In a 2013 season full of gloom and doom, the lone bright spot post-Indiana State was seeing a young offense evolve from its abysmal, silent form of the early season to a powerful downfield threat. Its greatest triumph came as the defense was getting worked by rival Indiana, but there were positives to take away, even while the bucket stayed down south.
The most notable sure thing is quarterback Danny Etling, who showed promise toward season's end. It's his job to lose, and Shoop is mindful of this. Around Etling, there are playmakers. Akeem Hunt and Raheem Mostert must provide a complement in the run game, while the offensive line must offer Etling time in the pocket to find downfield threats like Deangelo Yancey, Dan Monteroso and Danny Anthrop.
Shoop should keep to the West Coast look Purdue moved to last season, and continue to build the Boilers' offense around the young core in place. There's no reason to slide away from a good thing.
2.) Could Mostert win the top tailback spot?
Go ahead, name Purdue's second-leading rusher behind Akeem Hunt from 2013. Any guesses? That would be Brandon Cottom, who averaged 12.8 yards per game—sadly, not too far off Hunt's terrible 38.7 mark. This all makes the emergence of Raheem Mostert even more important.
In Mostert, the Boilermakers have one of the fastest men in college football. He's a Big Ten track champion and a rapidly improving running back. Spring drills saw Mostert show steady hands as a ballcarrier and emerge as a threat to take the top tailback spot. The pressure is on Hunt to match the improvements and keep his job. At the very least, Mostert has earned reps as the backup. Fall camp will be interesting to follow as Mostert puts the pressure on.
3.) Can Hedelin make an impact?
This is a better question for the NCAA, which will rule on Hedelin's immediate eligibility for the upcoming season. However, once Hedelin gets on the field, he could be very dangerous. The JUCO transfer from San Francisco appears to be a steal for the Boilermakers.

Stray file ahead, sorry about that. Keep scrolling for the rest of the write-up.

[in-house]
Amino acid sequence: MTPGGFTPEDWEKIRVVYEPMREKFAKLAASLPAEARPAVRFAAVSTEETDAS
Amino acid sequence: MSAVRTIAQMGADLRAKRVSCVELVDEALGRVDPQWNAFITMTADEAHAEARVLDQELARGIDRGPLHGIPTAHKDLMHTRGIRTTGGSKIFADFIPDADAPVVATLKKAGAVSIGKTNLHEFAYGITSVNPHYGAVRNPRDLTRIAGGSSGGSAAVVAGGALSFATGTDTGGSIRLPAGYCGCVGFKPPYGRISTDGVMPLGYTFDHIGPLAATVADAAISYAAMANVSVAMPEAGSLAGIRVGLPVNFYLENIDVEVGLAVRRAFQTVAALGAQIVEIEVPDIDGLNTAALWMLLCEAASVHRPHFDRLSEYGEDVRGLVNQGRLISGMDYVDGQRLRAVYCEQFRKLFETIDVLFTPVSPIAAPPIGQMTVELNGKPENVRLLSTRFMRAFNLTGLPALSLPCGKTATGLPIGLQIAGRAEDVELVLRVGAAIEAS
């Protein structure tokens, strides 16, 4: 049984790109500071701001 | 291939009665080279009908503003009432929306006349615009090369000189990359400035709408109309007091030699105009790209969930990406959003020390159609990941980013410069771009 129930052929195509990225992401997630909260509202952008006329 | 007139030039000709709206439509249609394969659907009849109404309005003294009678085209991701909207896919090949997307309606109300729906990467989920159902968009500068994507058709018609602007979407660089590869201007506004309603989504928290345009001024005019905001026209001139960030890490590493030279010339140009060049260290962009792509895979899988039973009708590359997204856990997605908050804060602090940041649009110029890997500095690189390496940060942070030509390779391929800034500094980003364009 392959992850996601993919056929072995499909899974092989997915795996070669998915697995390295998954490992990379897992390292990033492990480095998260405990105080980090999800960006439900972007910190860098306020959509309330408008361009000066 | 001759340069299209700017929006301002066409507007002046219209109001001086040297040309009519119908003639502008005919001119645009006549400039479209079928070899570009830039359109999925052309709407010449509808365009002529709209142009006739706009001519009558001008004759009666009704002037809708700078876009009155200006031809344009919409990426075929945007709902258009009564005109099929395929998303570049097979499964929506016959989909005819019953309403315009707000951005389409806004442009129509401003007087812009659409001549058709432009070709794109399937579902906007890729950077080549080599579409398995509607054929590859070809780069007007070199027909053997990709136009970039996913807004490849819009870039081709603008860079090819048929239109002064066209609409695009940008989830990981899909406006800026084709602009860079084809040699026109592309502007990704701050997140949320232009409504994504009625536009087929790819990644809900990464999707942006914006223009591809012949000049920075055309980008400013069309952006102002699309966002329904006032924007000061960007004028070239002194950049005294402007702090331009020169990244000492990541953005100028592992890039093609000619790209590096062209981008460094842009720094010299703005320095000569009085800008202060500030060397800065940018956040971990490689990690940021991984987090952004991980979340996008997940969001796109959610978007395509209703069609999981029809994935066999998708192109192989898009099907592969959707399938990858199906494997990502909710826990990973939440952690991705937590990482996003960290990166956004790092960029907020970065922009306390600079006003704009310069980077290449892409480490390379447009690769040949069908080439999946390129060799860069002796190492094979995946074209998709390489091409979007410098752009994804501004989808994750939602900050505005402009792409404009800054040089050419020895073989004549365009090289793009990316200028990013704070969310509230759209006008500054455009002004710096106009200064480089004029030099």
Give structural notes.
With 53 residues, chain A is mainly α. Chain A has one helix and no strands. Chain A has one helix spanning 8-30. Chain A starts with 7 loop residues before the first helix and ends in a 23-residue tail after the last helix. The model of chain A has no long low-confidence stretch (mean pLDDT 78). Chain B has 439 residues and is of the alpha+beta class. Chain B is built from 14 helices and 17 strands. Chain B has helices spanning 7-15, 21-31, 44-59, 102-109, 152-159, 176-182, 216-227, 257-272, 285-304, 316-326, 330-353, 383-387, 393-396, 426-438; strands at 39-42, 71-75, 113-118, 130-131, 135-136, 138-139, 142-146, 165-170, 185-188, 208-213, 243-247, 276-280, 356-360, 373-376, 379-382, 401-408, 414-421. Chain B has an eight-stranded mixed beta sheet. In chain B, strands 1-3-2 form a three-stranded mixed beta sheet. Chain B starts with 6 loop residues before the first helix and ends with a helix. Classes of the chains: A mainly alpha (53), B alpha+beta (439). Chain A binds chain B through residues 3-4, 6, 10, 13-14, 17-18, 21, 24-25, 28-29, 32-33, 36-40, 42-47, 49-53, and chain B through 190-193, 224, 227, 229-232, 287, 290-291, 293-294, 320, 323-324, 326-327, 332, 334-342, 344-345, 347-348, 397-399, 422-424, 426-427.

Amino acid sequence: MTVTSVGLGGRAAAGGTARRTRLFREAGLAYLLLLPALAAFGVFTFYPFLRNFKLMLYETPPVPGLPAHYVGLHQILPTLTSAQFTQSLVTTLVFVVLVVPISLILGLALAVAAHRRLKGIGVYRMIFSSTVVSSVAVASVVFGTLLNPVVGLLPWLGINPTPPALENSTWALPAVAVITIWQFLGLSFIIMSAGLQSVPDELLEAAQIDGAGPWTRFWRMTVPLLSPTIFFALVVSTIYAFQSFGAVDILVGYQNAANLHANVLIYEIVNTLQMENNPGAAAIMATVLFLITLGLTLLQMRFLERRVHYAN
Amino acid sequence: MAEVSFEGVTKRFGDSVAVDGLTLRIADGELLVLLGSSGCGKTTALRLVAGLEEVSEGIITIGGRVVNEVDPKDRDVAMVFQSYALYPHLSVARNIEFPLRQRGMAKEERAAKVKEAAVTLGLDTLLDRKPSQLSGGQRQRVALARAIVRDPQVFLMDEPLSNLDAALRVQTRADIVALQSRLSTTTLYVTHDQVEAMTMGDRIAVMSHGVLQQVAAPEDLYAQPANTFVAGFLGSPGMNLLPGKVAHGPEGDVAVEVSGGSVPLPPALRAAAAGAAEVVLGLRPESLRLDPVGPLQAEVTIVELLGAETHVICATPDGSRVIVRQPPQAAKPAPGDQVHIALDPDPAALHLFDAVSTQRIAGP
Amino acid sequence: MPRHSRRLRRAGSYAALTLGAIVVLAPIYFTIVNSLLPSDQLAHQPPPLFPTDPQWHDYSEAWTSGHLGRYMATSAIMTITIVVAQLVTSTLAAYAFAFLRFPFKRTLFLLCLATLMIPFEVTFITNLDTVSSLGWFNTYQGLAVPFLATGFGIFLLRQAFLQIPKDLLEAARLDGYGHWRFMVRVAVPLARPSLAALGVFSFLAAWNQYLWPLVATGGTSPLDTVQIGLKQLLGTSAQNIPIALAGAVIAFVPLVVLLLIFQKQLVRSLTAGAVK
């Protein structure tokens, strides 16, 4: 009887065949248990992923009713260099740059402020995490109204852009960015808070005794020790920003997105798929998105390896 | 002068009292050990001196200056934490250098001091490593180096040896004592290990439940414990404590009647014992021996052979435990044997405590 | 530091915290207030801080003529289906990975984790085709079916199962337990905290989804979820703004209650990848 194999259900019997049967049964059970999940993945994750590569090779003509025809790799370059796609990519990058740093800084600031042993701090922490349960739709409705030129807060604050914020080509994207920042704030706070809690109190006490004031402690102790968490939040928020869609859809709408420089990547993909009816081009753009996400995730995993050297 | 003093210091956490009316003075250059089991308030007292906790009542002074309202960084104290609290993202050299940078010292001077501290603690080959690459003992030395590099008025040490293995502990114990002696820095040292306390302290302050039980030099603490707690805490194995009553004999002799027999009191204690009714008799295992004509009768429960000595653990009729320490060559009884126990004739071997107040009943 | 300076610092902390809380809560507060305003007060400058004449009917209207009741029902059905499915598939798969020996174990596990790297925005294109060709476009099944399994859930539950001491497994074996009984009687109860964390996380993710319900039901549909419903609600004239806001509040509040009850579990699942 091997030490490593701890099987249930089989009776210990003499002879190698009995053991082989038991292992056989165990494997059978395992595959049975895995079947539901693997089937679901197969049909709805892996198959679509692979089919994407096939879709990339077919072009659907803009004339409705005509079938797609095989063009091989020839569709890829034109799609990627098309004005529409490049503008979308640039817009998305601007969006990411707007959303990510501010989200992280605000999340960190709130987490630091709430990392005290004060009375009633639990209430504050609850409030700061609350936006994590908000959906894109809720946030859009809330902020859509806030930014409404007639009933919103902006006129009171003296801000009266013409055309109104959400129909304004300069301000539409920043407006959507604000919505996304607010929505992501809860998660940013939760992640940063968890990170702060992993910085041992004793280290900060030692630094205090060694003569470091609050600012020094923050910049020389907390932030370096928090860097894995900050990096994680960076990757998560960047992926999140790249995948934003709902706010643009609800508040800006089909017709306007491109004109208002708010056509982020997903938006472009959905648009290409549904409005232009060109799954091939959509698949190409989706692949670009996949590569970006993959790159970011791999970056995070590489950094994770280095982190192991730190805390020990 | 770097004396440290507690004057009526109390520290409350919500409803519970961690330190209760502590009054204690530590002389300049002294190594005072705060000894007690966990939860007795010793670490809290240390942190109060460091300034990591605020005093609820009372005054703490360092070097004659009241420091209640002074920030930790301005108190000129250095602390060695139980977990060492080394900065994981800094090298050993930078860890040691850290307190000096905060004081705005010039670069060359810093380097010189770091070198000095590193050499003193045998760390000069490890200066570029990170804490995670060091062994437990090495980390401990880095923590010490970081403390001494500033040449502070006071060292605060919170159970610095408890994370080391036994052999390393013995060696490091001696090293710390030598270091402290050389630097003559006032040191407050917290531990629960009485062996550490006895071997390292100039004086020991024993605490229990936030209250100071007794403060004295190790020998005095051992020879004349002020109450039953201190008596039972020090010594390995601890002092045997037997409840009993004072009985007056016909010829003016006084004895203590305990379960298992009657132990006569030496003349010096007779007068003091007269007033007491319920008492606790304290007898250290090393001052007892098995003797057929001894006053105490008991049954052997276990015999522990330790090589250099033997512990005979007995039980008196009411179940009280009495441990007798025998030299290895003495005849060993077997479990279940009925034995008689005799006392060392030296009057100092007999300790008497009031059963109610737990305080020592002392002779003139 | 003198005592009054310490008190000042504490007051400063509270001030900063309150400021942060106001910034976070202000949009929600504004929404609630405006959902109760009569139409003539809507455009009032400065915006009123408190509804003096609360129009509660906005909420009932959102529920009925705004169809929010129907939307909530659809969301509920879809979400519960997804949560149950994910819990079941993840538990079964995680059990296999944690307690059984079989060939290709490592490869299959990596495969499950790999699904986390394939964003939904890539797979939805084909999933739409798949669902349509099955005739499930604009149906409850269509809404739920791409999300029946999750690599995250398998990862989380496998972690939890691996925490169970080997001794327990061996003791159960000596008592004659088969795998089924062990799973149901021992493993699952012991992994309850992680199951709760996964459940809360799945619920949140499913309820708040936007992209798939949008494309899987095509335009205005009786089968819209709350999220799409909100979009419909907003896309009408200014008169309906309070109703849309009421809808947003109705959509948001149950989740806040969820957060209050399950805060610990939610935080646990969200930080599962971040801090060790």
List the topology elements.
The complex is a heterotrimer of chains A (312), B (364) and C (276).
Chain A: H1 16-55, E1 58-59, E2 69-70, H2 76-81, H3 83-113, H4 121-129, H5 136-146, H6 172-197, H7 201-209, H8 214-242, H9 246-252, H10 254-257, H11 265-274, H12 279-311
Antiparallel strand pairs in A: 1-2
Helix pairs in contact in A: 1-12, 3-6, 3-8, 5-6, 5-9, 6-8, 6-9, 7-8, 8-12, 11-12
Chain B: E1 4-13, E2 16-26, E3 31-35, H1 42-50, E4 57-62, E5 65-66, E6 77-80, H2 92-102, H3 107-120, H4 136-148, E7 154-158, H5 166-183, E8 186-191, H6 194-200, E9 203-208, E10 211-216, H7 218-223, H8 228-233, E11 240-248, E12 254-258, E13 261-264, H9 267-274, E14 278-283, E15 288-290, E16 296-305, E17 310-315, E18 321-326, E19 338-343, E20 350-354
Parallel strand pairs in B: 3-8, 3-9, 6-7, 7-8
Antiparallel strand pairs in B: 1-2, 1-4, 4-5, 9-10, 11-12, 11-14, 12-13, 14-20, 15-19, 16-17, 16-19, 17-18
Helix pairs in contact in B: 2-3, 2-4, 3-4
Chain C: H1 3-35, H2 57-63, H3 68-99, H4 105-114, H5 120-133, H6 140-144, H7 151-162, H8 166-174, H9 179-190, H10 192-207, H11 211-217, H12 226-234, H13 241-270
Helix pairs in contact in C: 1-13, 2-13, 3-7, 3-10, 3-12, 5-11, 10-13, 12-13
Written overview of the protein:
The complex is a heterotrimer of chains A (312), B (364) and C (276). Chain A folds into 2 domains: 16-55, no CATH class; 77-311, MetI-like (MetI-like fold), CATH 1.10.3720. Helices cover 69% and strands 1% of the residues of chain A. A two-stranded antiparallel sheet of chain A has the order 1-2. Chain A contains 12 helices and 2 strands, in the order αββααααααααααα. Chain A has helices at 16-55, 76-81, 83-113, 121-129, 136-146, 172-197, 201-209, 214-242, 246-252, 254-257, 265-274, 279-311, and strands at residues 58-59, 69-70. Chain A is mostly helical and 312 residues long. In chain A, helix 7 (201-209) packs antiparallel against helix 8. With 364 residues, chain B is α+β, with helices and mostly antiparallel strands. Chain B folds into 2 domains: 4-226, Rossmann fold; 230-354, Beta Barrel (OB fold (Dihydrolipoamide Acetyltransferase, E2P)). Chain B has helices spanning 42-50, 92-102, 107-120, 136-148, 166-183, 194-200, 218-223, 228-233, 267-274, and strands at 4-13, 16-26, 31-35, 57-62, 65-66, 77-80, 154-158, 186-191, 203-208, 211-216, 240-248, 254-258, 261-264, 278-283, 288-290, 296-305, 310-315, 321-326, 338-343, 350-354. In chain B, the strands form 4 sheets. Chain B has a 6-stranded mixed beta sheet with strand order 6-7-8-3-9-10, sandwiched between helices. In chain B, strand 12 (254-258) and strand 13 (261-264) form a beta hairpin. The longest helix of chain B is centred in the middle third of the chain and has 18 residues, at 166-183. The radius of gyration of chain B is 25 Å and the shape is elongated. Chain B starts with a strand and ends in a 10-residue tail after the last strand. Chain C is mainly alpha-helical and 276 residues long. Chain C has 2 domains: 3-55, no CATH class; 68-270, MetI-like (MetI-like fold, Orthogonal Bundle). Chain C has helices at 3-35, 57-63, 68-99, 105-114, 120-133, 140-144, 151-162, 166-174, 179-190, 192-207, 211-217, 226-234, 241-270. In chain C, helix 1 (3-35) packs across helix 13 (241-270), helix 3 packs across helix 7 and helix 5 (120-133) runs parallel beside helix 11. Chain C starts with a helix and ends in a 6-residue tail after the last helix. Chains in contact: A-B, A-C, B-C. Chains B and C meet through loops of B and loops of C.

According to head coach Darrell Hazell, speaking at a Purdue Coaches Caravan event, Hedelin is a "freak" who stands at 6-foot-5 and 300 pounds but can run a 4.7 40-yard dash. The dangerous combination of size and speed could be an important boost off the edge of Purdue's defensive line. There's a lot to like about the early hype for Hedelin. We'll see if he can live up to it.
4.) Who takes on the tackle jobs?
Let's not sugarcoat this one bit: Purdue's offensive line was horrible last season. Fortunately, there's plenty of room for improvement, with much of that hope coming from the unit's newcomers. The middle will be manned by center Robert Kugler and guards Jordan Roos and Jason King, but who will take on the tackle roles?
Monstrous tackle Corey Clements, a JUCO transfer who Hazell says is just shy of 400 pounds, is likely to play an important role. He appears to be the frontrunner for the ‘blindside' left tackle spot. On the other end, it's likely to be a competition between J.J. Prince and incoming freshman Bearooz Yacoobi. Fortunately for the Boilermakers, there are options this year, whereas depth was a great issue last season. Perhaps Purdue's offensive line will be much better.
5.) Who replaces Ricardo?
There's no easy way to replace Ricardo Allen, Purdue's talented four-year starter at cornerback. Allen's impact was hard to measure in just stats; his leadership was of vital importance, especially during a transition year. However, the Boilermakers must move on.
Purdue is fortunate to have three starters in the secondary returning, alleviating some pressure from Allen's replacement. Leroy Clark appears to be the offseason favorite at cornerback, but incoming freshman Brandon Roberts—who has yet to arrive on campus—could be an underdog candidate for the job.
Plenty could happen in fall camp, and the answers will come to these key offseason questions.